It’s a question of individual rights versus collective rights. The evidence is far from perfect, and the issue highly divisive among health care workers.
The influential Canadian Medical Association Journal raised many eyebrows when it recently took the position that all people who work in a health care institution be vaccinated for influenza.
The CMAJ’s Dr. Ken Flegel says the views are those of the editors of the Journal, not that of the Canadian Medical Association. There’s a good reason for that – most doctors do not get the annual flu shot. Speaking to a Toronto meeting of the National Union’s Canadian Health Professional Secretariat on November 20, Flegel laid down a challenge to the group: increase voluntary vaccination rates to avoid having the flu vaccine made mandatory in your province.
British Columbia is the first Canadian province to take that step — a move health care workers in that province are challenging. While many support the need for broader vaccination rates, most unions are reluctant to give up the autonomy of health care workers to decide what goes into their body.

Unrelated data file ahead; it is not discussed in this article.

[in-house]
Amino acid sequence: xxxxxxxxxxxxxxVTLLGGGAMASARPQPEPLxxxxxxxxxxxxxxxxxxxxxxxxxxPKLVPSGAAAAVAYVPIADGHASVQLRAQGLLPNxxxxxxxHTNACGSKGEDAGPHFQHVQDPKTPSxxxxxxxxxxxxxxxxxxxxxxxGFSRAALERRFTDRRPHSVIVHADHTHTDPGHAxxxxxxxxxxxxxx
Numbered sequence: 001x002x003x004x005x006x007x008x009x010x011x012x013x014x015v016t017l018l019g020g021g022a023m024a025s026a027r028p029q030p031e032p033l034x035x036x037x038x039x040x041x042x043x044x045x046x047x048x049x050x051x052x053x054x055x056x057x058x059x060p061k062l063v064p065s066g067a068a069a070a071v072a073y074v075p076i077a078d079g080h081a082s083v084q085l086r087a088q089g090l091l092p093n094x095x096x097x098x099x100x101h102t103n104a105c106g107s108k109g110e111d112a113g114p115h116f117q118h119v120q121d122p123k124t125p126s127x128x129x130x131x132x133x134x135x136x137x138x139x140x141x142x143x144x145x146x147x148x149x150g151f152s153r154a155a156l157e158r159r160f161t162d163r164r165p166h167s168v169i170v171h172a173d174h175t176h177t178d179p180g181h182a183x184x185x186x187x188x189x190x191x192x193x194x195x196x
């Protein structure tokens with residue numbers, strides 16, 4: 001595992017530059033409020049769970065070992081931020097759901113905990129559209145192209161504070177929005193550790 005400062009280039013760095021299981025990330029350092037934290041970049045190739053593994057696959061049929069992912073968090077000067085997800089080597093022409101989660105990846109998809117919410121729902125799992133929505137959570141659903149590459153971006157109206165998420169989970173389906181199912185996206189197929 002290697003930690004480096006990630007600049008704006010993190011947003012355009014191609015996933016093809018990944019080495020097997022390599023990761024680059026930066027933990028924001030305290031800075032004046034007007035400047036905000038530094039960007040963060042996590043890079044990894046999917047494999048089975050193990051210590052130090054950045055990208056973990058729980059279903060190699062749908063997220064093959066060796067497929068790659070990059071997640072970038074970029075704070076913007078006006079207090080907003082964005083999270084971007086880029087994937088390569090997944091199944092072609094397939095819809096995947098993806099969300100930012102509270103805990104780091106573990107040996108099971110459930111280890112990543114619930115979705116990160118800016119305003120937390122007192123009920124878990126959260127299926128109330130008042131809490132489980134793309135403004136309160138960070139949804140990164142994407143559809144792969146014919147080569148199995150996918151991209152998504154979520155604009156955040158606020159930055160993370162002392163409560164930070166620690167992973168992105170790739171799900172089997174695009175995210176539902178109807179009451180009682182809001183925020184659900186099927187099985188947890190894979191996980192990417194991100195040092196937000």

In Ontario many health care employers have defacto mandatory requirements – if you don’t get the shot, you don’t work under certain circumstances. Others are more willing to move unvaccinated health care workers to environments where there is less risk to patients or suggest that workers use up vacation credits when an outbreak takes place.
According to Flegel about 40 per cent of Canadian health care workers take the annual vaccine despite the fact that 10 to 20 per cent of health care workers are likely to get the annual influenza.